By Nikai Morales

For a very long time, I wanted to be a storyboard artist. One of my grandmothers’ was an art teacher. At the same time, the other was an author, so naturally, my desire to artistically tell stories was an amalgam of my love of them and the animated shows I watched at the time. I spent countless hours doodling, teaching myself digital illustration programs, studying frames, and watching YouTube animatics. A storyboard artist was all I wanted to be…until high school.

Going to a vocational high school, I was disciplined in video production–I mean, it was one step closer to animation than graphic design would have been (my other option). However, it wasn’t until I joined the school’s drama program that I realized I wasn’t just interested in helping portray animated stories but also enjoyed storytelling overall. It was a high school theater production with a club that was practically on life support. With every moment spent watching the people on stage from the light booth, butchering their lines, and complaining about the directing style or prop management issues, a little voice rang in the back of my head: “Well, I can do that!”

After that, it was a blur. A second-place award for a news directing competition, a short film for college applications, and a variety of small client projects later I found myself engrossed in visual storytelling while learning new skills along the way. However, when I started my first semester of college in Italy, the new setting and faces took a lot to get used to. So much so, I spent 2 and a half months before even thinking about wanting to tell another story. Right before we left, I found an old script. An 8-page, three-location, short film, almost fully fleshed out but put away for one reason or another. When I found it, I made the goal that I would shoot it before the end of next year. I had no plan, no actors, or locations but when I got to the University of Delaware I would join its only film club and pitch it to the members.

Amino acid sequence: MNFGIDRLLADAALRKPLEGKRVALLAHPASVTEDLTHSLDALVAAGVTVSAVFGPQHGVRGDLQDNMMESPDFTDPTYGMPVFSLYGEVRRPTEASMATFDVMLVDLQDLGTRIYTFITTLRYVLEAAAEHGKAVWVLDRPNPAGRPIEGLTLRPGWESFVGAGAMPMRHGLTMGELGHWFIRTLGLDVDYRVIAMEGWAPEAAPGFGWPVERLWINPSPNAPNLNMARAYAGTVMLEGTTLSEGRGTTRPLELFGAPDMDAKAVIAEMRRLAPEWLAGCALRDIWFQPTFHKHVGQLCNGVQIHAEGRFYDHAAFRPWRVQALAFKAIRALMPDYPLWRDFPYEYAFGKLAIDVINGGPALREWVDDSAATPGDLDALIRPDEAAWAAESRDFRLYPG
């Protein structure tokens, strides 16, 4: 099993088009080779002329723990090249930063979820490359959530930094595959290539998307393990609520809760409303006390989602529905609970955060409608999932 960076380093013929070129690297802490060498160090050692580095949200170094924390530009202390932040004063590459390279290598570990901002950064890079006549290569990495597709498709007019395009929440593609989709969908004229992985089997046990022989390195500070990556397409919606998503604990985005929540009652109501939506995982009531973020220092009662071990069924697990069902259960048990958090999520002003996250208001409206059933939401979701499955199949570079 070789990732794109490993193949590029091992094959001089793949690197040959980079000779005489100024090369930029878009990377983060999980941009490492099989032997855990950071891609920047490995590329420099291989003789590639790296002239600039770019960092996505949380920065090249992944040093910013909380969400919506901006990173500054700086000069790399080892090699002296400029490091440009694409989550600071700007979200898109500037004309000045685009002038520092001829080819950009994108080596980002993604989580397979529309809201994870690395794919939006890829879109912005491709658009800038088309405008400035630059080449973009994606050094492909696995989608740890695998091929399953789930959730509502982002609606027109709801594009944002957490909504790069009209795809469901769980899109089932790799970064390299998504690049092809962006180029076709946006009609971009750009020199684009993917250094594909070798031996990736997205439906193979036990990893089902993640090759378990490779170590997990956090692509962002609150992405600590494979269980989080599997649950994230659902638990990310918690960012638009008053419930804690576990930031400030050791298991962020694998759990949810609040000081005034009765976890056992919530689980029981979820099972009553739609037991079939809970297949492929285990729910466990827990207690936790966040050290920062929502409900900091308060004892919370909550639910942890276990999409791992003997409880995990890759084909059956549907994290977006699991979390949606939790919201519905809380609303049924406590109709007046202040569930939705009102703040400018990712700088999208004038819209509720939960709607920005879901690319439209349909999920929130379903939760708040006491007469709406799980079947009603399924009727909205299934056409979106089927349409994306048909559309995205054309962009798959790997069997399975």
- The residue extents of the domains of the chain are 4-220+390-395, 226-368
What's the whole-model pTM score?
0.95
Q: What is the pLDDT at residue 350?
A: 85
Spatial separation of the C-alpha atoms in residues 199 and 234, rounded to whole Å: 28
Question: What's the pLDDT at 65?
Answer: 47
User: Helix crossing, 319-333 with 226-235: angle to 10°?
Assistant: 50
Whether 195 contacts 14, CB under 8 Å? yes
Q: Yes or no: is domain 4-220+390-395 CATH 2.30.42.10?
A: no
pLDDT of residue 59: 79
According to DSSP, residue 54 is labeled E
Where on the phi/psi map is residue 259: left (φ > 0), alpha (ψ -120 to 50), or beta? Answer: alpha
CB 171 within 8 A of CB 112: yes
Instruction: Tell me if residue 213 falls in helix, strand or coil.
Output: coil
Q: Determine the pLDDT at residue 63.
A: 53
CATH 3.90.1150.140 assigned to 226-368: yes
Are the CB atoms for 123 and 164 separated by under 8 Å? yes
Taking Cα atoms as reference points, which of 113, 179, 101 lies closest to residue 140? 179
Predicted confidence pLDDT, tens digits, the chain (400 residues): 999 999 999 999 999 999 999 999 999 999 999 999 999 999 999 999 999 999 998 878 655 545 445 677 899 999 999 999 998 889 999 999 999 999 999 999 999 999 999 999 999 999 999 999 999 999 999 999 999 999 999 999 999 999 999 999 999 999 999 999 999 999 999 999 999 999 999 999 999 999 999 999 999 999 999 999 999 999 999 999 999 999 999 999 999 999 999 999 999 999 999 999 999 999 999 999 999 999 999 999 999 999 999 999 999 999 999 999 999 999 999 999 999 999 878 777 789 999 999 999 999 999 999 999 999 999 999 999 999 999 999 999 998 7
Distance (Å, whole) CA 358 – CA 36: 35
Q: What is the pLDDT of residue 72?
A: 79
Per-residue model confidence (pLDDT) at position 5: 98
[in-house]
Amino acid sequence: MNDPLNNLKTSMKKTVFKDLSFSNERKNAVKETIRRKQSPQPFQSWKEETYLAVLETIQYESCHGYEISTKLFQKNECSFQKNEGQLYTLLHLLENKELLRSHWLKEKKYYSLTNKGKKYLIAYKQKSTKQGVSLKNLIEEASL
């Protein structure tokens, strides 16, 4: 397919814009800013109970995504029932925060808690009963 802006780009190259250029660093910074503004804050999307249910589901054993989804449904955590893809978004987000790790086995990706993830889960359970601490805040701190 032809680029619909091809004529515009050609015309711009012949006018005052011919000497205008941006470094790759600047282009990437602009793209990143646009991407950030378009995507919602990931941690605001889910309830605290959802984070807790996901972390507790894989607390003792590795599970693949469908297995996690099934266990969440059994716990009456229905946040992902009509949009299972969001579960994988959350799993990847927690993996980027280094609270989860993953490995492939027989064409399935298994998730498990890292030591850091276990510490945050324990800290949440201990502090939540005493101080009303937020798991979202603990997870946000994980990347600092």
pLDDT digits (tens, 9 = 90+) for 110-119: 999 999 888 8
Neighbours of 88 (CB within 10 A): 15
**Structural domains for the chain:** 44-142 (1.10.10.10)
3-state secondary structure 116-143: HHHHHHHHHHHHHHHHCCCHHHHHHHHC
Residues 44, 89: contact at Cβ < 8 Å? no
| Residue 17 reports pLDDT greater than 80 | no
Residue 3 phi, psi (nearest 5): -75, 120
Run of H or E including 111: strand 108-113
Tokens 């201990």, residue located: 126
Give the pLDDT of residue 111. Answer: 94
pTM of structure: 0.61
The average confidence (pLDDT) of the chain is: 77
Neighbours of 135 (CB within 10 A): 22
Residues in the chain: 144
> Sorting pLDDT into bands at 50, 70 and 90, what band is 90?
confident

When I pitched it, the same problems cropped up. We’d need actors, a crew, equipment, one house, and a restaurant. I didn’t hesitate. I began making excel sheets of locations with contact numbers and addresses. I asked my family to shoot in the house while they were away on vacation. I posted actor listings on & backstage and rented rooms to hold in-person auditions. All the skills I had learned through video production and drama club came back as naturally as riding a bike. It was my first time managing a real crew–and I ran a tight ship. Strict call times, an on-set photographer, make-up artist, and finance management. This is where I really began to understand the role of a producer. Since then I’ve produced two short films with a director, and am currently working on two more projects. Being a storyboard artist and a producer are two different paths, however they have one thing in common; how do we plan effectively so we can get this project done?

This project was created as part of the JTWO [INC]ubator Project. A semester long internship program built from the ground up to give young filmmakers, content creators, and all around hungry for a challenge individuals a place to stretch their creative minds while preparing them for the road ahead.

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